I like this photo because it helps me check my perspective. First of all, when I struggle with the slow process of transforming this house, I can think back on the time when the living room walls had a mauve and blue country-themed stenciled border or any of the other atrocious things we've changed over the years. More importantly, I look at this picture and I see that things were never quite as bad as I thought they were in my quest to complete the vision I have for our living space. There always was and always is a lot of warmth, love, and happiness - in short a lot of loveliness in the space because of who we are. I am grateful for the reminder when focused on the house that the thing I really love is the home.
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Tuesday, December 28, 2010

Where We've Been (2008)

A couple of weeks ago, I got a virus on my laptop and for about a day I thought everything on it was toast. Including hundreds of photos that I hadn't backed up to my external hard drive. Well, my computer got rescued by a coworker of Josh's (xoxoxo, John) and I got religion about backing things up regularly. I'm in the process of uploading every single picture I've taken since I've had a digital camera onto Picasa Web Albums to have another back up of everything in the cloud.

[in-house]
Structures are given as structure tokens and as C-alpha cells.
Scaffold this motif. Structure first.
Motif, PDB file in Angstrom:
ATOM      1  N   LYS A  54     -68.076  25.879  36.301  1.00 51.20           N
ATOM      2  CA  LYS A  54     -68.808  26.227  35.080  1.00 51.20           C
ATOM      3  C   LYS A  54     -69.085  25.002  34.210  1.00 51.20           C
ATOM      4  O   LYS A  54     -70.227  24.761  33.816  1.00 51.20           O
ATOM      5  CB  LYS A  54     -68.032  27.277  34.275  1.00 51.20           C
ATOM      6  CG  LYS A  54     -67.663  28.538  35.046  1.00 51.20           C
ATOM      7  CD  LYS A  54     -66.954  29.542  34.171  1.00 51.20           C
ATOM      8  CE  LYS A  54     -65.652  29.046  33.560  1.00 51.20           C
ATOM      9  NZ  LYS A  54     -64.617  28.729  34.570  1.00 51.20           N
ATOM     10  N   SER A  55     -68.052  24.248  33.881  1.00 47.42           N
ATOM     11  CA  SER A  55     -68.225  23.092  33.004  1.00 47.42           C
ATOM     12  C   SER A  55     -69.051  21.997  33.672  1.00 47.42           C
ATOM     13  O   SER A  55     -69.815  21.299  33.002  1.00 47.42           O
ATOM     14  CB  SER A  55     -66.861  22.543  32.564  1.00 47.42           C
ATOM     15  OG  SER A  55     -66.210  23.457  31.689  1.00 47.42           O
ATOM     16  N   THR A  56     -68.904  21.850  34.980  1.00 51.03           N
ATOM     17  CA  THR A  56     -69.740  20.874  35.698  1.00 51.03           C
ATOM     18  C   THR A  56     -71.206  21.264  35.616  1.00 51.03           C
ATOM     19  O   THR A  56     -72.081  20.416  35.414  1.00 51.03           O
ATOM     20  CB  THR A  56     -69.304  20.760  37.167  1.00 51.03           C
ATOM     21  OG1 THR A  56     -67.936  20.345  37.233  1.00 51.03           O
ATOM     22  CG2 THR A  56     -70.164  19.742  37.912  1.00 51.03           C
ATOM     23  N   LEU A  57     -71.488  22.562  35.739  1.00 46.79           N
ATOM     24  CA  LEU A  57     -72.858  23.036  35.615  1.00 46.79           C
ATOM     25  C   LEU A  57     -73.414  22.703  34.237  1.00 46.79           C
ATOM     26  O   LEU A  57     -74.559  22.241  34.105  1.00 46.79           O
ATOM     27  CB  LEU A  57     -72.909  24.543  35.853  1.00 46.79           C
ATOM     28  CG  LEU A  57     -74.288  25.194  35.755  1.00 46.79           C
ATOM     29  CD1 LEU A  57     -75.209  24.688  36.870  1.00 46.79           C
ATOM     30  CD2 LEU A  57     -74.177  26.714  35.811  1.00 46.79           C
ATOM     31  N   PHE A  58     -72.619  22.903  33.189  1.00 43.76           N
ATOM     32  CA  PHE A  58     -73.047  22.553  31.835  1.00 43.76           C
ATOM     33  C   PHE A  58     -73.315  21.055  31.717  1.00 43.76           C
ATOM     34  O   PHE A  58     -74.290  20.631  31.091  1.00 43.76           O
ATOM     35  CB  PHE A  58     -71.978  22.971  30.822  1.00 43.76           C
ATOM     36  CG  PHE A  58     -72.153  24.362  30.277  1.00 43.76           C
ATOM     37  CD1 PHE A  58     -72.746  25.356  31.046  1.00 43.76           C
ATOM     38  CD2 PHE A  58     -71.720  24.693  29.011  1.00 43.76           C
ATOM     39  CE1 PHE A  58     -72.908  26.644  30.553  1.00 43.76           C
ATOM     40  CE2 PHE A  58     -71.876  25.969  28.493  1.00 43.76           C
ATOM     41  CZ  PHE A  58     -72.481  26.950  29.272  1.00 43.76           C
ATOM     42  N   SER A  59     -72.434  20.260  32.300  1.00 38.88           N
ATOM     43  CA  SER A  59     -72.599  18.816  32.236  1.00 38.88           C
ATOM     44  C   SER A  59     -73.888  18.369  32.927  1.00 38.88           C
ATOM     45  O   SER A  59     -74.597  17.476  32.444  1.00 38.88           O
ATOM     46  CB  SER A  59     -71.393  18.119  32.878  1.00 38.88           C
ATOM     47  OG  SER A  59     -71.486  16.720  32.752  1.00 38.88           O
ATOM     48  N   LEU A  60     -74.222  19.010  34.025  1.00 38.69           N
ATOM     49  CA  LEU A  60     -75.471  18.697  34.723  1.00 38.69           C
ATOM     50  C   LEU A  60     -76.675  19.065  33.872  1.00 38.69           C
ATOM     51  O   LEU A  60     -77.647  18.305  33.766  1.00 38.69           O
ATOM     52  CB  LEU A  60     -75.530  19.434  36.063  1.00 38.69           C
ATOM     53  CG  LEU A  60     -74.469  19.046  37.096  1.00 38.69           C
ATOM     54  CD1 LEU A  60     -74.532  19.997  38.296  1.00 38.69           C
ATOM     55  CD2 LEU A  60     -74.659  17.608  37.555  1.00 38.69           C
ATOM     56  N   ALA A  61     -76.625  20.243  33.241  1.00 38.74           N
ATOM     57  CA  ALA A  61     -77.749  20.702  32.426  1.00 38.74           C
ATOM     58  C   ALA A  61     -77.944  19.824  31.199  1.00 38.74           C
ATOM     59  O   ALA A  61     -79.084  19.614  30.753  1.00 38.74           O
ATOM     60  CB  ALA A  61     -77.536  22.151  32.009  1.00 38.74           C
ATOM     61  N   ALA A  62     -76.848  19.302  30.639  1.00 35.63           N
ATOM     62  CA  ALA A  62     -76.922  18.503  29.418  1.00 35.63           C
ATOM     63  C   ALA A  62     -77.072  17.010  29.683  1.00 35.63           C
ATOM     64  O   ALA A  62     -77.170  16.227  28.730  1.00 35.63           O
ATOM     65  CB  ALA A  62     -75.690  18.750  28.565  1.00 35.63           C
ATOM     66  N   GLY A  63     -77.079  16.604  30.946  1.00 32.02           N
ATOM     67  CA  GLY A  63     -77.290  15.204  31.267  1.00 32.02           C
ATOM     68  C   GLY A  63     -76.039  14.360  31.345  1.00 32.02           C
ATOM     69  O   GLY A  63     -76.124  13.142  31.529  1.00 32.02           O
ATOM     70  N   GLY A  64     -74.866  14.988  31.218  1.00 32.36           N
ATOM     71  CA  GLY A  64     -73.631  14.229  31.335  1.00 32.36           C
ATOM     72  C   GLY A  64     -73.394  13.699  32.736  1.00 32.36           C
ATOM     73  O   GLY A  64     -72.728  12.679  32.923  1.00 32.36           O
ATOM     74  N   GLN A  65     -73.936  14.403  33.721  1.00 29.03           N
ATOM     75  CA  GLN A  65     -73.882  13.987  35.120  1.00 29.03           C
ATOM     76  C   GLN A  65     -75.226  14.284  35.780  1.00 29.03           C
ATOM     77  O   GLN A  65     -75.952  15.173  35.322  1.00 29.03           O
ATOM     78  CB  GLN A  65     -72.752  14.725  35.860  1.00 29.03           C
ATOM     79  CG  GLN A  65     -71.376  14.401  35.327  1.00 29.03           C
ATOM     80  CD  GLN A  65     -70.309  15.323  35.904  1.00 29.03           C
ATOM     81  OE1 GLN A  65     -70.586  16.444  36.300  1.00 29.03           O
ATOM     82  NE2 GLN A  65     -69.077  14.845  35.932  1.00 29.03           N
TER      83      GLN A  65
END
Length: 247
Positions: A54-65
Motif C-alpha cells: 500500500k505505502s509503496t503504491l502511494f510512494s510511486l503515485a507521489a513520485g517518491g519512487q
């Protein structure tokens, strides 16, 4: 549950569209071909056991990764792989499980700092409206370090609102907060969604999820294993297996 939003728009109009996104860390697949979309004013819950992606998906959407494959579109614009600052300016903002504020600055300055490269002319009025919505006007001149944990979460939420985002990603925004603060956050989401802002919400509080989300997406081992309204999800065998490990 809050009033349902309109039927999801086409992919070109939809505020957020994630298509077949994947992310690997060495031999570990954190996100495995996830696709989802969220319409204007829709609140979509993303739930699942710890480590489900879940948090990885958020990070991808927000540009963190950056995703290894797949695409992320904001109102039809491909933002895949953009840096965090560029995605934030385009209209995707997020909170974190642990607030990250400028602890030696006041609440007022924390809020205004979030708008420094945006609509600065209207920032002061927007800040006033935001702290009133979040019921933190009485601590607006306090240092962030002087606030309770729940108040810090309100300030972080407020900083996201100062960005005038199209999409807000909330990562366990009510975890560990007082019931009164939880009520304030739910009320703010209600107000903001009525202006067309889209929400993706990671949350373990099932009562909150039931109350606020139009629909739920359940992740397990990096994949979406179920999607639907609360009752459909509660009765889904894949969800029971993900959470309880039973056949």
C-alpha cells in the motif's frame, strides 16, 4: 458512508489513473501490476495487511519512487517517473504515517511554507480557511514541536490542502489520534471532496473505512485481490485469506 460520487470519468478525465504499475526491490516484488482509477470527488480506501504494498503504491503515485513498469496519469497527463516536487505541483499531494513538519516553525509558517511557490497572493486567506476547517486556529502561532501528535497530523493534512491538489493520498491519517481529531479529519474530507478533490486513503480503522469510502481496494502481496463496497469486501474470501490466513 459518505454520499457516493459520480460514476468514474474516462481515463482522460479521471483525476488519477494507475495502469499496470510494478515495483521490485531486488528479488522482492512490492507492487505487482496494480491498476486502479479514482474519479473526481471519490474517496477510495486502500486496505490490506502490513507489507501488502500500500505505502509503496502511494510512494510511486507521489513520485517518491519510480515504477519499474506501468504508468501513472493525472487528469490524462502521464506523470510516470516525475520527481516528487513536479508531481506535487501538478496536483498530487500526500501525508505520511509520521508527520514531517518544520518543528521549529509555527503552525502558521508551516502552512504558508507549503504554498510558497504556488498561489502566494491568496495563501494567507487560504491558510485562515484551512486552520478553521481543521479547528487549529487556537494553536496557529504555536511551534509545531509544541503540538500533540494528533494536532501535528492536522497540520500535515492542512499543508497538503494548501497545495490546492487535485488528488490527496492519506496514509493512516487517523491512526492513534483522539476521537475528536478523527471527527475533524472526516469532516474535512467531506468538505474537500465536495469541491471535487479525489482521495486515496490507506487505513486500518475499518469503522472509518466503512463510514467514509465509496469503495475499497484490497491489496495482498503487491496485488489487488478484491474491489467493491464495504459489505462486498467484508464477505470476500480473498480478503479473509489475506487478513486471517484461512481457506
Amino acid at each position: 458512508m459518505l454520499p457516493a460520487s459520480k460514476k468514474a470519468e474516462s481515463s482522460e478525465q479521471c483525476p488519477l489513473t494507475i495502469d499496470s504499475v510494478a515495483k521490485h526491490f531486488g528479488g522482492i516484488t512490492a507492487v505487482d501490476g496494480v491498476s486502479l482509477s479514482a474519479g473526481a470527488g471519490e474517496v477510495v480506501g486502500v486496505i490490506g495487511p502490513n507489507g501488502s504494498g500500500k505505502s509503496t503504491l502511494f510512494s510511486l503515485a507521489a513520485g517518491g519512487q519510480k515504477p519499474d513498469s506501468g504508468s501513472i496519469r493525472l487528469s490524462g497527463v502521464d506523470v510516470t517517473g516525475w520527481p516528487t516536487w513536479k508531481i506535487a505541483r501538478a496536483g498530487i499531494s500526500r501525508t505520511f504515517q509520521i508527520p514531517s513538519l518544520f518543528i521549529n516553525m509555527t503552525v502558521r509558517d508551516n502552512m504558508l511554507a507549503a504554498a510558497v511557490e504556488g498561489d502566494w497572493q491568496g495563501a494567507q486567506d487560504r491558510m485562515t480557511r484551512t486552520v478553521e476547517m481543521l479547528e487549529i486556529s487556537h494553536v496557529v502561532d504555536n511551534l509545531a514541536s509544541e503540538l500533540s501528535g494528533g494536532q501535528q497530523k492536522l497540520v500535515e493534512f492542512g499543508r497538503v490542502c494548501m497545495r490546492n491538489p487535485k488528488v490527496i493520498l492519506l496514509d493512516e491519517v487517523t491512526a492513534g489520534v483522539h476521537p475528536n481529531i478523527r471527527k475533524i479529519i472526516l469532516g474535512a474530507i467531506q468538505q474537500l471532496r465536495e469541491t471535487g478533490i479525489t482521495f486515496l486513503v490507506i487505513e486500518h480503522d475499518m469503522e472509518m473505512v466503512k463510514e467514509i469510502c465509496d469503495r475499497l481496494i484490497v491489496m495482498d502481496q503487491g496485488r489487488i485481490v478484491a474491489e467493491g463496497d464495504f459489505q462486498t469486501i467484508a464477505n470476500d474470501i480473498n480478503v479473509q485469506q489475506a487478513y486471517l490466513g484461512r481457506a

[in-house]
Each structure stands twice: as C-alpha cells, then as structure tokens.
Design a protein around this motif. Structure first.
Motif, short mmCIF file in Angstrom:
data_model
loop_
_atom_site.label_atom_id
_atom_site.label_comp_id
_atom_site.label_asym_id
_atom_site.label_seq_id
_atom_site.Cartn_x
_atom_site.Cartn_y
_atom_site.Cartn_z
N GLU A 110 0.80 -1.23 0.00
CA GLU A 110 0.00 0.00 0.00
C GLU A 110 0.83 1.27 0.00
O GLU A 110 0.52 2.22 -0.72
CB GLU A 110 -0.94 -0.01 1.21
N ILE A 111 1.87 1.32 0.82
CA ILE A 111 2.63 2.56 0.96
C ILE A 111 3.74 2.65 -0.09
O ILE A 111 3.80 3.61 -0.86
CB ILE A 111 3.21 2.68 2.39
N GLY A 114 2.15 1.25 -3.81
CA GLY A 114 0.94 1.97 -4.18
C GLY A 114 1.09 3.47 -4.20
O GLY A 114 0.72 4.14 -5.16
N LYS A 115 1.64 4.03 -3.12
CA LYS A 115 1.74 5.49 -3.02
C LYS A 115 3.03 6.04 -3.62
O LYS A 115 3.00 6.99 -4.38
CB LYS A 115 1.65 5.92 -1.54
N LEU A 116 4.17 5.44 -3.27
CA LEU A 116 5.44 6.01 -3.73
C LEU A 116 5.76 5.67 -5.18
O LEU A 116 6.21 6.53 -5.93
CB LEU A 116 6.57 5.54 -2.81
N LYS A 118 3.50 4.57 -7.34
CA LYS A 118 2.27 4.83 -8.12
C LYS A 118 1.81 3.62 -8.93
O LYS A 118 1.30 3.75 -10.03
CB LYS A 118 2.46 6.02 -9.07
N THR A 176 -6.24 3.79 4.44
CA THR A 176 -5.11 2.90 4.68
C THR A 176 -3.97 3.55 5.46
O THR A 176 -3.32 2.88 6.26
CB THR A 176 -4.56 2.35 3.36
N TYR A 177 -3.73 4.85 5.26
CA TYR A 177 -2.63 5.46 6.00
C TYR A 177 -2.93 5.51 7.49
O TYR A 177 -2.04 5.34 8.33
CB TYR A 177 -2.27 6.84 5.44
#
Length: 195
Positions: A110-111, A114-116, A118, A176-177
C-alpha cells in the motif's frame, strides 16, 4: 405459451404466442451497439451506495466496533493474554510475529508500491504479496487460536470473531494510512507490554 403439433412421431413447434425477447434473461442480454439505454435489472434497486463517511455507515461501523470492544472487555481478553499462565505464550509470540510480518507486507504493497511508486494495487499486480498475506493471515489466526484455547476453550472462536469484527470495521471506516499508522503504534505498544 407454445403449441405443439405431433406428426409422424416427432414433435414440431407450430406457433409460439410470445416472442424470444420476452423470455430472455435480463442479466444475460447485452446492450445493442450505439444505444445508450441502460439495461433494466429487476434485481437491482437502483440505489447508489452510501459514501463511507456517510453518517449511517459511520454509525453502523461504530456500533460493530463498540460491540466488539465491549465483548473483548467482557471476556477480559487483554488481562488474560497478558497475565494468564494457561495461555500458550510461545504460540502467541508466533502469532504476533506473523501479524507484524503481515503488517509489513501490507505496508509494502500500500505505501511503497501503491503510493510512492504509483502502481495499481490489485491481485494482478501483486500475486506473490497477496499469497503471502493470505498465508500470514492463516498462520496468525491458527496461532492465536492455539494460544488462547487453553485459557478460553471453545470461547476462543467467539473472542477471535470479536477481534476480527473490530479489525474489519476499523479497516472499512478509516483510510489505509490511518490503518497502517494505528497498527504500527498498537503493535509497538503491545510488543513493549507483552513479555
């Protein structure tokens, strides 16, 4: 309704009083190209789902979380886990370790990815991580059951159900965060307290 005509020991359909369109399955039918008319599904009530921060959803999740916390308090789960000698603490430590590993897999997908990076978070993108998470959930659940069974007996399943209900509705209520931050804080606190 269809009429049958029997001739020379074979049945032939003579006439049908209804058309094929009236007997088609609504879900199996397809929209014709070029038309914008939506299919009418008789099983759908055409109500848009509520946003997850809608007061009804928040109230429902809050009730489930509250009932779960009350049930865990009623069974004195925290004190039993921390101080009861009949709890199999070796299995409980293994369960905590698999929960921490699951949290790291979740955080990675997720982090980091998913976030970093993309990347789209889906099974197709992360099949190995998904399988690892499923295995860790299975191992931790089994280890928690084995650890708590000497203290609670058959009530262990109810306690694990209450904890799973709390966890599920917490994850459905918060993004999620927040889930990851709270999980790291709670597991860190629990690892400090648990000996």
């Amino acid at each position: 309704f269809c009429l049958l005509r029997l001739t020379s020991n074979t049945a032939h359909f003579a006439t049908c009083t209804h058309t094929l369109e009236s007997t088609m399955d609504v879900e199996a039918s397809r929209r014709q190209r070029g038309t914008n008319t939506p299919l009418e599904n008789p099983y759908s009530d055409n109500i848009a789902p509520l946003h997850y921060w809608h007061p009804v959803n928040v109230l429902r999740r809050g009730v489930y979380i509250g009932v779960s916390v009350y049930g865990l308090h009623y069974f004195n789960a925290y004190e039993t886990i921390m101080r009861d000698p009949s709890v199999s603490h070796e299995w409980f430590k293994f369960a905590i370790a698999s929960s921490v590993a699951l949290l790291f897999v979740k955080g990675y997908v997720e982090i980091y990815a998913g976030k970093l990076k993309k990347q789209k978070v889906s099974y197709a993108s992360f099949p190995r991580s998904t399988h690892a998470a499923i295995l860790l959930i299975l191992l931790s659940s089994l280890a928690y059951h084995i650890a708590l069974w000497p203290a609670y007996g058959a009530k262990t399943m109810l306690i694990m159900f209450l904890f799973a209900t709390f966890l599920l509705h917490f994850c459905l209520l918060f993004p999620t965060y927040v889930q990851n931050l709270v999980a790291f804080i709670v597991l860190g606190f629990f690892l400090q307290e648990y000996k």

On the bright side, I've gotten to look back on our everydays for the past four years. I'm so grateful to dip back into these memories - some so sweet, they make my heart ache. The photo above is from early 2008. Charlie was born mid-year 2008 on the summer solstice, but before that, there was that special time when Ellis had his moment as the littlest member of the family. On a cold February night, Josh and Ellis played rock stars (the paper in the lower right corner is their set list that Ellis wrote with songs titles like "Hi" and "Rock Paper Scissors"). Behind the camera is me with Charlie tucked in my belly, growing away.

More to share in the next few days as 2010 winds down. I guess this is the time of year for memories.
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Friday, December 24, 2010